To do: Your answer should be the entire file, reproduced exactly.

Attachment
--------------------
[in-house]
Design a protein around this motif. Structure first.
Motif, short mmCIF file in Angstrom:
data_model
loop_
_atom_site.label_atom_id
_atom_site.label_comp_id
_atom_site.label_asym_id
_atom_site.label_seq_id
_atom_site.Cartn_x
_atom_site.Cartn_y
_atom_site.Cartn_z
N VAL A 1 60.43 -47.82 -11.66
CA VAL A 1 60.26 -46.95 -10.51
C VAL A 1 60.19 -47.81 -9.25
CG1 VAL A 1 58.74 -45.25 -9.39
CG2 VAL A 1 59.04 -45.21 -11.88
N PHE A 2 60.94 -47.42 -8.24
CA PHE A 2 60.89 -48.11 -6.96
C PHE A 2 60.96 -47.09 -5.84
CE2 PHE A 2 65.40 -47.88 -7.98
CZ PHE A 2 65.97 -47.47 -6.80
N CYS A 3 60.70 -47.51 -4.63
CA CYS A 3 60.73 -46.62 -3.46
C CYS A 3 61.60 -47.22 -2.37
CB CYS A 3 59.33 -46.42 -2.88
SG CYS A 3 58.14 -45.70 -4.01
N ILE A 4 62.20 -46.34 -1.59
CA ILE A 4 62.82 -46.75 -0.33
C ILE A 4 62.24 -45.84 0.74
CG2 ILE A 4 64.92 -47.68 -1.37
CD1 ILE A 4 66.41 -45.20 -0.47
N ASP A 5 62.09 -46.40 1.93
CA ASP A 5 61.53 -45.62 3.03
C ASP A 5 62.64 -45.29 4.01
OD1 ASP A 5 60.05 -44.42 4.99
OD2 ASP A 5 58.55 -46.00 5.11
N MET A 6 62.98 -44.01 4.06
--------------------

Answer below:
[in-house]
Design a protein around this motif. Structure first.
Motif, short mmCIF file in Angstrom:
data_model
loop_
_atom_site.label_atom_id
_atom_site.label_comp_id
_atom_site.label_asym_id
_atom_site.label_seq_id
_atom_site.Cartn_x
_atom_site.Cartn_y
_atom_site.Cartn_z
N VAL A 1 60.43 -47.82 -11.66
CA VAL A 1 60.26 -46.95 -10.51
C VAL A 1 60.19 -47.81 -9.25
CG1 VAL A 1 58.74 -45.25 -9.39
CG2 VAL A 1 59.04 -45.21 -11.88
N PHE A 2 60.94 -47.42 -8.24
CA PHE A 2 60.89 -48.11 -6.96
C PHE A 2 60.96 -47.09 -5.84
CE2 PHE A 2 65.40 -47.88 -7.98
CZ PHE A 2 65.97 -47.47 -6.80
N CYS A 3 60.70 -47.51 -4.63
CA CYS A 3 60.73 -46.62 -3.46
C CYS A 3 61.60 -47.22 -2.37
CB CYS A 3 59.33 -46.42 -2.88
SG CYS A 3 58.14 -45.70 -4.01
N ILE A 4 62.20 -46.34 -1.59
CA ILE A 4 62.82 -46.75 -0.33
C ILE A 4 62.24 -45.84 0.74
CG2 ILE A 4 64.92 -47.68 -1.37
CD1 ILE A 4 66.41 -45.20 -0.47
N ASP A 5 62.09 -46.40 1.93
CA ASP A 5 61.53 -45.62 3.03
C ASP A 5 62.64 -45.29 4.01
OD1 ASP A 5 60.05 -44.42 4.99
OD2 ASP A 5 58.55 -46.00 5.11
N MET A 6 62.98 -44.01 4.06